available STEP documents can be obtained from EPA by calling the Safe Drinking Water Hotline at (800) 426-4791 and requesting the
document by its publication number. To check on the availability of STEP documents listed below as under development, go to www.epa.
gov/safewater/smallsvs/ssinfo.htm.
  AVAILABLE NOW

  Small Systems Guide to the Total Coliform Rule (TCR)
  Publication number: EPA 816-R-01-017A
  Published: June 2001

  Complying with the Revised Drinking Water Standard for Arsenic
  Publication number: EPA 816-R-02-008A
  Published: August 2002

  Complying with the Stage 2 Disinfectants and Disinfection
  Byproducts Rule: Small Entity Compliance Guide
  Publication number: EPA 815-R-07-014
  Published: February 2007

  Complying with the Long Term 2 Enhanced Surface Water
  Treatment Rule: Small Entity Compliance Guide
  Publication number: EPA 815-R-07-015
  Published: February 2007

  Small Systems Guide to Safe Drinking Water Regulations
  Publication number: EPA 816-R-03-017
  Published: September 2003

  Strategic Planning: A Handbook for Small Water Systems
  Publication number: EPA 816-R-02-015
  Published: September 2003
   Asset Management: A Handbook for Small Water Systems
   Publication number: EPA816-R-03-016
   Published: September 2003

   Source of Technical and Financial Assistance
   Publication number: EPA 816-K-02-005
   Published: July 2002

   Complying with Stage 1 Disinfectants and Disinfection
   Byproducts Rule: Basic Guide
   Publication number: EPA816-B-05-004
   Published: March 2006
         Supplement A
         Publication number: EPA 816-B-05-005
         Supplement B
         Publication number: EPA 816-B-05-006

   Setting Small Drinking Water System Rates for a Sustainable
   Future
   Publication Number: EPA 816-R-05-006
   Published: January 2006

   UNDER DEVELOPMENT

   Restructuring: A Handbook for Small Water Systems
35

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     A            1 *    I i   T~X  A        *   *       ~T f*    T~"% *  *   f*    A *      C~\     A
    /Y Y\Y\r*nLf\ iv I -< *  I  \f*rf*v*im in 1 n rt  I T Q  I  licitTr^r*Ti/^"ri  Xli/oi^im
   / \PPLIIU1 A I y.  J^/CLCilliliiliiH  II d J_ylMlllCLLlUll  oYMCIIi
       1 I                                        %MX                                     /
The purpose of this appendix is to provide information for ground water systems that currently, or are planning to, provide chemical
disinfection for their ground water supplies.

  If you are providing treatment, including disinfection, of your ground water sources in your system and the State determines that the
   treatment is capable of providing 4-log inactivation and/or removal of viruses and you do not conduct triggered source water monitoring
   after a TC-positive sample, you must meet the treatment/disinfection and compliance monitoring requirements of the GWR (141.403).

  If your treatment system does not provide 4-log (99.99%) inactivation and/or removal of viruses, as determined by the State, you must
   meet the triggered monitoring requirements if you have a TC-positive sample (141.402).


               The GWR does not require disinfection or 4-log inactivation of viruses for all ground water systems.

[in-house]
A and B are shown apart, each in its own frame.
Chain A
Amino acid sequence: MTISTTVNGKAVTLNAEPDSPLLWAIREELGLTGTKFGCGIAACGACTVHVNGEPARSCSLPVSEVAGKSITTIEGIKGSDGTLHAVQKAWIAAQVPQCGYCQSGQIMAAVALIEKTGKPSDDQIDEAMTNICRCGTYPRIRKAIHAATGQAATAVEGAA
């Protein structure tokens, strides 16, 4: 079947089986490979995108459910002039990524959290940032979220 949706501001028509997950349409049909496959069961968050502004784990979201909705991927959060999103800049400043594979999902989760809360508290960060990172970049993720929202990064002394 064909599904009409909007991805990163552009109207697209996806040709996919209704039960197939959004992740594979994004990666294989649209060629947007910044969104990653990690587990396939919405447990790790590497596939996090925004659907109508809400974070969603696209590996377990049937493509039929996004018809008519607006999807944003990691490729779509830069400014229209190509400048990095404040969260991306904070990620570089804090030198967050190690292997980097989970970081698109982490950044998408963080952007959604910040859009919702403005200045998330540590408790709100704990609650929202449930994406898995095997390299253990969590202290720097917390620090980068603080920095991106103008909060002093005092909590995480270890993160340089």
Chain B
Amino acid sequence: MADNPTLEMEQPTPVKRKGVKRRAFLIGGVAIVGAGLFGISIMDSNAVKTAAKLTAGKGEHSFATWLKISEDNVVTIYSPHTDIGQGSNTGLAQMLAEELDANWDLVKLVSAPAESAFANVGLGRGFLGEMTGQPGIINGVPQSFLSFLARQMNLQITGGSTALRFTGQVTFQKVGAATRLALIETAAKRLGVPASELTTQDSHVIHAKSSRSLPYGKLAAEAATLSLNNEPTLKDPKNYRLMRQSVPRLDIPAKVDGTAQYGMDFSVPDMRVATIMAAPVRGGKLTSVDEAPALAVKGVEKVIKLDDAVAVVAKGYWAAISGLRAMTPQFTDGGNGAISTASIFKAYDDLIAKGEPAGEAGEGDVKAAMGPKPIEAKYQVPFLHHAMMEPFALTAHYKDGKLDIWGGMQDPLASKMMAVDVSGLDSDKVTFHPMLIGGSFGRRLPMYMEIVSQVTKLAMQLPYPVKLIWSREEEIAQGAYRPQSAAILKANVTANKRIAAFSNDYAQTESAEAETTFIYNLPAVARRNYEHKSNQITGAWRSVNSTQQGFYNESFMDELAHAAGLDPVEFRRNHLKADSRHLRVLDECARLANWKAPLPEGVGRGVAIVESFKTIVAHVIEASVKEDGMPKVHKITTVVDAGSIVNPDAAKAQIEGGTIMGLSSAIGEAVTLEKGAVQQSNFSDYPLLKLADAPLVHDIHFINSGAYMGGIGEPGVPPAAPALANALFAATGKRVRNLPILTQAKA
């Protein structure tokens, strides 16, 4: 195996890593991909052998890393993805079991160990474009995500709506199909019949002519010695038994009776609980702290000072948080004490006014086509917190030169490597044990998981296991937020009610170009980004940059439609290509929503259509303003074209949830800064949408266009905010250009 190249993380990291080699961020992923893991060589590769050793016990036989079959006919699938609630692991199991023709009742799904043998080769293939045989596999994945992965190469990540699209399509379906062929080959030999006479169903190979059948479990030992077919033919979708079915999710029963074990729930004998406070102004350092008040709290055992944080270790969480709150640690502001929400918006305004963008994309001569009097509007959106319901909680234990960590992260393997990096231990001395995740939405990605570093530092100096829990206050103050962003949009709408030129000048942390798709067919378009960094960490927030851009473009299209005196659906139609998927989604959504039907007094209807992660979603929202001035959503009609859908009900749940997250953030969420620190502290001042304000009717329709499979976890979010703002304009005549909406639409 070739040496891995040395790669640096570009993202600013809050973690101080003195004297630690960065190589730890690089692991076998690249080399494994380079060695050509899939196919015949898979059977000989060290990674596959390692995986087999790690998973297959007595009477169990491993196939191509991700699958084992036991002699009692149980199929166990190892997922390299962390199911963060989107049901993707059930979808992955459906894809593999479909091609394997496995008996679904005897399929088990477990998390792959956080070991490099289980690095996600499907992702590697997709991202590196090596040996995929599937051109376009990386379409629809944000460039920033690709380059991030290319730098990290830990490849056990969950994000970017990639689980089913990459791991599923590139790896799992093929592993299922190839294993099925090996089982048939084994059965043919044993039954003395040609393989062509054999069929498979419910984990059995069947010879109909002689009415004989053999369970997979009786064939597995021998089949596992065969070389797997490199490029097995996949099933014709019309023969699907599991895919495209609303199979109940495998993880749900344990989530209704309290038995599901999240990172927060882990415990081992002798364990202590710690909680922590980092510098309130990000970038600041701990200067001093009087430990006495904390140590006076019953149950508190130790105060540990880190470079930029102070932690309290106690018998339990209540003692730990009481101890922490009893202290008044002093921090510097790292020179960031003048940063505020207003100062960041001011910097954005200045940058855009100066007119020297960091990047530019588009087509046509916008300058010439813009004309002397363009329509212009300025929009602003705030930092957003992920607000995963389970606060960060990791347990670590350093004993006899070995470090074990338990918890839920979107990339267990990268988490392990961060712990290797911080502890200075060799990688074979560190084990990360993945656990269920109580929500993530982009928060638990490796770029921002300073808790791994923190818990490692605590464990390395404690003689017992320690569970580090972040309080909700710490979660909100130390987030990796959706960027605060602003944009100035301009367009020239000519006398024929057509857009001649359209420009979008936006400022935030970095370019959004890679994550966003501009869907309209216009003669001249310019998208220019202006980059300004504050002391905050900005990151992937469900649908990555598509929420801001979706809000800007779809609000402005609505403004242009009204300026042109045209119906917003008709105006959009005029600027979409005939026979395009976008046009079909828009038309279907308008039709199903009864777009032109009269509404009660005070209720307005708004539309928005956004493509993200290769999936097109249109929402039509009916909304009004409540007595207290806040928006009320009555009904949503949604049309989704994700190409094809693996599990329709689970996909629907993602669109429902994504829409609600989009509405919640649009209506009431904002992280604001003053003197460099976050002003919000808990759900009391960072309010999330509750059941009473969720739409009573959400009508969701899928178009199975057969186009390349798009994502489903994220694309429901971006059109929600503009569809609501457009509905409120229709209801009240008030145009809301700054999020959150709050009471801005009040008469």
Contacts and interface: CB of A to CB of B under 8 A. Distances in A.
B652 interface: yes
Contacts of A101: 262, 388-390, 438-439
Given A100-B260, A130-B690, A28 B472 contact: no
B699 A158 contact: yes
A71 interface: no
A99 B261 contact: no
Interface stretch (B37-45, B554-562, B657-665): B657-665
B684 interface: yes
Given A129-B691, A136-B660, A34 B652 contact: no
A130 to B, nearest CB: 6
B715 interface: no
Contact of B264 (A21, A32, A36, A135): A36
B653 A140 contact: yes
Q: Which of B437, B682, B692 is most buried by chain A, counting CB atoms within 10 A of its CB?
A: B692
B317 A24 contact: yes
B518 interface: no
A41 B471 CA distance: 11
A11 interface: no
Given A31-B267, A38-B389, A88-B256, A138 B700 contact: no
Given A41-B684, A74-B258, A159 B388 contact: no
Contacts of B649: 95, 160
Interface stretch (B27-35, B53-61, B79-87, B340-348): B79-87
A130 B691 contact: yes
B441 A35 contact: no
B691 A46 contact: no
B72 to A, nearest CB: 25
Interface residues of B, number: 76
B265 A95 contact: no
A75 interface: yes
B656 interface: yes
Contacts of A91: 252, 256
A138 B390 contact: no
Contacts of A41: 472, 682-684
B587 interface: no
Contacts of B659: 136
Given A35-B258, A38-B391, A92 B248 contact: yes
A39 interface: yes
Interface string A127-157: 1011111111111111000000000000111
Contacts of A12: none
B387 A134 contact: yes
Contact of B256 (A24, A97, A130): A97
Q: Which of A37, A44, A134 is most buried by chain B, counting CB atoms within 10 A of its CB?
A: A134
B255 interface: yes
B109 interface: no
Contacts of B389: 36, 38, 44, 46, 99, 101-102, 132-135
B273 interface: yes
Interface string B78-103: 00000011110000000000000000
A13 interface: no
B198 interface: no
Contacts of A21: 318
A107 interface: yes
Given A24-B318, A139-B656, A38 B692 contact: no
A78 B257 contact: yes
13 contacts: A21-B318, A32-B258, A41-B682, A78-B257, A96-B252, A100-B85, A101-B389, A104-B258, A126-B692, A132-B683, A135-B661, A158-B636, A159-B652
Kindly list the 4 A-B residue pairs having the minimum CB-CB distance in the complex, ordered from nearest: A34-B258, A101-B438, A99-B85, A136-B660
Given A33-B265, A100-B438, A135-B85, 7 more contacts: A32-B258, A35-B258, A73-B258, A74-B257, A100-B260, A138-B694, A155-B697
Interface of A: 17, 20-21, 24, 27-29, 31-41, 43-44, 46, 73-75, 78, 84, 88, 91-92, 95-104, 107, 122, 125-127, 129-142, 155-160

Only those systems with significant deficiencies or documented fecal contamination are required to
               provide corrective actions and one option for corrective action is to provide 4-log virus inactivation
               through disinfection.


Inactivation of Pathogens

  Inactivation of pathogens using a chemical disinfectant (chorine, chloramine, ozone) is based on the CT concept where C is the measured
   concentration of the chemical disinfectant residual and T is the contact time between the point of application of the disinfectant and
   the point where the disinfectant residual is measured. The point where the residual  is measured must be before or  at the first service
   connection or customer (141.403(b)).

   Once C is measured and T is determined from the flow and the size of the system components, the product C x T (CT) is compared to EPA
   or State information of the CT needed for the inactivation, through disinfection, of a pathogen. EPA has produced tables of CT values and
   your State may have information it uses for this purpose.

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How does the CT concept apply to ground water systems?

  For the GWR, if a chemical disinfection system can achieve a CT at least equal to the CT needed for 4-log inactivation of viruses for
   the disinfectant being used, the system is not required to meet the triggered monitoring requirements of the rule.  However, such a system
   would have to comply with the treatment and compliance monitoring requirements of the GWR and any additional requirements set by the
   State.

*  C, the concentration of the disinfectant, is measured at or before the first customer receiving water or the first connection providing water
   to the public from the system. For a system using chlorine or chloramine, the residual concentration can be measured with a portable kit or
   with a continuous monitor using an EPA approved measurement method. A list of EPA approved methods can be found on-line at www.
   epa.gov/waterscience/methods or from the US EPA Water Resource Center at (202) 566-1729 (see mail address in Appendix B). Your